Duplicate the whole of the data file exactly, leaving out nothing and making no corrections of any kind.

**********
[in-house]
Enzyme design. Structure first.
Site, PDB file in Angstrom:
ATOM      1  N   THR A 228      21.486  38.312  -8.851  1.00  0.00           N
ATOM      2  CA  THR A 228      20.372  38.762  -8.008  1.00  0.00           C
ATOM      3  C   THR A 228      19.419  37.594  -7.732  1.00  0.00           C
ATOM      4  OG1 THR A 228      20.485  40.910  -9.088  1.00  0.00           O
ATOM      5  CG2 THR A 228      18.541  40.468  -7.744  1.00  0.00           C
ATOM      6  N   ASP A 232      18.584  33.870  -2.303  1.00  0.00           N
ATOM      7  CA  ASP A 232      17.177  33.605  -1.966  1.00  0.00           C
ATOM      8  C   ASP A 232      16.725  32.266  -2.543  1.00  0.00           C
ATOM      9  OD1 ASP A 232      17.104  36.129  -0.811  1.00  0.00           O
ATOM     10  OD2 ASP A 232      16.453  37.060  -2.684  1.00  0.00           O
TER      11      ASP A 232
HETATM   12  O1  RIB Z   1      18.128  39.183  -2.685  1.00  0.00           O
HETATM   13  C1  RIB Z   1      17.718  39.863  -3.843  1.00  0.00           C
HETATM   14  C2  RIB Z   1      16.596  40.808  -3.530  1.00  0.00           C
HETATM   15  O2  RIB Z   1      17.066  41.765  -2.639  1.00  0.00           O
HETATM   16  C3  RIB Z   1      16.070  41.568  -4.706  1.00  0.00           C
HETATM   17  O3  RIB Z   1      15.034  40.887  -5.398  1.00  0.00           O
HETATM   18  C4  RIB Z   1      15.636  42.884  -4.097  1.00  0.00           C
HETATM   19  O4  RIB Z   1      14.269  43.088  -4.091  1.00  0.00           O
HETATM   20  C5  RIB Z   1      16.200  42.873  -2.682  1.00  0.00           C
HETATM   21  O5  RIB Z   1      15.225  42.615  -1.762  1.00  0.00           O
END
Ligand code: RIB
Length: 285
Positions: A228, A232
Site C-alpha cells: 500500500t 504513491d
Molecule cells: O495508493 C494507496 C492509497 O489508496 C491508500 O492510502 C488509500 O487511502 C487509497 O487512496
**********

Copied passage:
[in-house]
Enzyme design. Structure first.
Site, PDB file in Angstrom:
ATOM      1  N   THR A 228      21.486  38.312  -8.851  1.00  0.00           N
ATOM      2  CA  THR A 228      20.372  38.762  -8.008  1.00  0.00           C
ATOM      3  C   THR A 228      19.419  37.594  -7.732  1.00  0.00           C
ATOM      4  OG1 THR A 228      20.485  40.910  -9.088  1.00  0.00           O
ATOM      5  CG2 THR A 228      18.541  40.468  -7.744  1.00  0.00           C
ATOM      6  N   ASP A 232      18.584  33.870  -2.303  1.00  0.00           N
ATOM      7  CA  ASP A 232      17.177  33.605  -1.966  1.00  0.00           C
ATOM      8  C   ASP A 232      16.725  32.266  -2.543  1.00  0.00           C
ATOM      9  OD1 ASP A 232      17.104  36.129  -0.811  1.00  0.00           O
ATOM     10  OD2 ASP A 232      16.453  37.060  -2.684  1.00  0.00           O
TER      11      ASP A 232
HETATM   12  O1  RIB Z   1      18.128  39.183  -2.685  1.00  0.00           O
HETATM   13  C1  RIB Z   1      17.718  39.863  -3.843  1.00  0.00           C
HETATM   14  C2  RIB Z   1      16.596  40.808  -3.530  1.00  0.00           C
HETATM   15  O2  RIB Z   1      17.066  41.765  -2.639  1.00  0.00           O
HETATM   16  C3  RIB Z   1      16.070  41.568  -4.706  1.00  0.00           C
HETATM   17  O3  RIB Z   1      15.034  40.887  -5.398  1.00  0.00           O
HETATM   18  C4  RIB Z   1      15.636  42.884  -4.097  1.00  0.00           C
HETATM   19  O4  RIB Z   1      14.269  43.088  -4.091  1.00  0.00           O
HETATM   20  C5  RIB Z   1      16.200  42.873  -2.682  1.00  0.00           C
HETATM   21  O5  RIB Z   1      15.225  42.615  -1.762  1.00  0.00           O
END
Ligand code: RIB
Length: 285
Positions: A228, A232
Site C-alpha cells: 500500500t 504513491d
Molecule cells: O495508493 C494507496 C492509497 O489508496 C491508500 O492510502 C488509500 O487511502 C487509497 O487512496